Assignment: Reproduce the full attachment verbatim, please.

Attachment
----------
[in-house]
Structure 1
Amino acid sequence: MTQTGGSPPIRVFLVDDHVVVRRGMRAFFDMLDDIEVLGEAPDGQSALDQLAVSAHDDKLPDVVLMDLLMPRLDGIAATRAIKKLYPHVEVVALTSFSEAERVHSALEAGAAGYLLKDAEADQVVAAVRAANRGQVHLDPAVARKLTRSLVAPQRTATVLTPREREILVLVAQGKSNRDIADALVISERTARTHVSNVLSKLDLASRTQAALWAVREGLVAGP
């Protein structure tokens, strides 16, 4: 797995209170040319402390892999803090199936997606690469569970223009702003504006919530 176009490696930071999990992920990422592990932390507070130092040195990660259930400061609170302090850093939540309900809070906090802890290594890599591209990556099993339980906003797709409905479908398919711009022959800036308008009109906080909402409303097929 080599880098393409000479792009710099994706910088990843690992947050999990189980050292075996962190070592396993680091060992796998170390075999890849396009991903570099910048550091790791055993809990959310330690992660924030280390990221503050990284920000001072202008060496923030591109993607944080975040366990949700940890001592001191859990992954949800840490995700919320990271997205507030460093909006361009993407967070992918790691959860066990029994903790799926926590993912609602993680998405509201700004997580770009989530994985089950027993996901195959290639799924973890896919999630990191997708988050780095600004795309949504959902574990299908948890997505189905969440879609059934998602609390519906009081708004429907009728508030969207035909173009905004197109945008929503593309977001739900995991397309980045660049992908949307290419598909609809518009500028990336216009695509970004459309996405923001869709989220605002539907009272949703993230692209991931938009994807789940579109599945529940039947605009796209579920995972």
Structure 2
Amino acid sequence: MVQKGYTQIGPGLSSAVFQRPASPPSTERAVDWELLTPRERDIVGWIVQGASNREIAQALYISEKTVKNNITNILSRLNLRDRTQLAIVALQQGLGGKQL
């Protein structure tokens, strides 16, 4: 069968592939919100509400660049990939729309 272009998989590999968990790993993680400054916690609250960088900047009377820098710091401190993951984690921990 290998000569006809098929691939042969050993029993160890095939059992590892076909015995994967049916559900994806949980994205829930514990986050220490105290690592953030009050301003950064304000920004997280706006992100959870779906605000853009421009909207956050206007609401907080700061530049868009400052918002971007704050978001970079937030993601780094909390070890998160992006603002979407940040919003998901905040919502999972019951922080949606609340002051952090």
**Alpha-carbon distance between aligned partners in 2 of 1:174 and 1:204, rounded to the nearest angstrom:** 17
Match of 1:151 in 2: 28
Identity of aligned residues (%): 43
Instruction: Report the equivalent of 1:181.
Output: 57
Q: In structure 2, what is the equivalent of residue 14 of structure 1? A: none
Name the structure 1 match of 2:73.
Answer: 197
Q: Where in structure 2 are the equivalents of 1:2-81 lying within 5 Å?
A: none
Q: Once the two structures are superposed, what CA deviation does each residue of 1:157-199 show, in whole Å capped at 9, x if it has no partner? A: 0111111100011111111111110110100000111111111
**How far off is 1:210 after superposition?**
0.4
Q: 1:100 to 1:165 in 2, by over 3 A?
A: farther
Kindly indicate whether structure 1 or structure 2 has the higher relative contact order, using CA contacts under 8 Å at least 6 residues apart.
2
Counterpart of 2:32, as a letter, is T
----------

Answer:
[in-house]
Structure 1
Amino acid sequence: MTQTGGSPPIRVFLVDDHVVVRRGMRAFFDMLDDIEVLGEAPDGQSALDQLAVSAHDDKLPDVVLMDLLMPRLDGIAATRAIKKLYPHVEVVALTSFSEAERVHSALEAGAAGYLLKDAEADQVVAAVRAANRGQVHLDPAVARKLTRSLVAPQRTATVLTPREREILVLVAQGKSNRDIADALVISERTARTHVSNVLSKLDLASRTQAALWAVREGLVAGP
């Protein structure tokens, strides 16, 4: 797995209170040319402390892999803090199936997606690469569970223009702003504006919530 176009490696930071999990992920990422592990932390507070130092040195990660259930400061609170302090850093939540309900809070906090802890290594890599591209990556099993339980906003797709409905479908398919711009022959800036308008009109906080909402409303097929 080599880098393409000479792009710099994706910088990843690992947050999990189980050292075996962190070592396993680091060992796998170390075999890849396009991903570099910048550091790791055993809990959310330690992660924030280390990221503050990284920000001072202008060496923030591109993607944080975040366990949700940890001592001191859990992954949800840490995700919320990271997205507030460093909006361009993407967070992918790691959860066990029994903790799926926590993912609602993680998405509201700004997580770009989530994985089950027993996901195959290639799924973890896919999630990191997708988050780095600004795309949504959902574990299908948890997505189905969440879609059934998602609390519906009081708004429907009728508030969207035909173009905004197109945008929503593309977001739900995991397309980045660049992908949307290419598909609809518009500028990336216009695509970004459309996405923001869709989220605002539907009272949703993230692209991931938009994807789940579109599945529940039947605009796209579920995972």
Structure 2
Amino acid sequence: MVQKGYTQIGPGLSSAVFQRPASPPSTERAVDWELLTPRERDIVGWIVQGASNREIAQALYISEKTVKNNITNILSRLNLRDRTQLAIVALQQGLGGKQL
């Protein structure tokens, strides 16, 4: 069968592939919100509400660049990939729309 272009998989590999968990790993993680400054916690609250960088900047009377820098710091401190993951984690921990 290998000569006809098929691939042969050993029993160890095939059992590892076909015995994967049916559900994806949980994205829930514990986050220490105290690592953030009050301003950064304000920004997280706006992100959870779906605000853009421009909207956050206007609401907080700061530049868009400052918002971007704050978001970079937030993601780094909390070890998160992006603002979407940040919003998901905040919502999972019951922080949606609340002051952090």
**Alpha-carbon distance between aligned partners in 2 of 1:174 and 1:204, rounded to the nearest angstrom:** 17
Match of 1:151 in 2: 28
Identity of aligned residues (%): 43
Instruction: Report the equivalent of 1:181.
Output: 57
Q: In structure 2, what is the equivalent of residue 14 of structure 1? A: none
Name the structure 1 match of 2:73.
Answer: 197
Q: Where in structure 2 are the equivalents of 1:2-81 lying within 5 Å?
A: none
Q: Once the two structures are superposed, what CA deviation does each residue of 1:157-199 show, in whole Å capped at 9, x if it has no partner? A: 0111111100011111111111110110100000111111111
**How far off is 1:210 after superposition?**
0.4
Q: 1:100 to 1:165 in 2, by over 3 A?
A: farther
Kindly indicate whether structure 1 or structure 2 has the higher relative contact order, using CA contacts under 8 Å at least 6 residues apart.
2
Counterpart of 2:32, as a letter, is T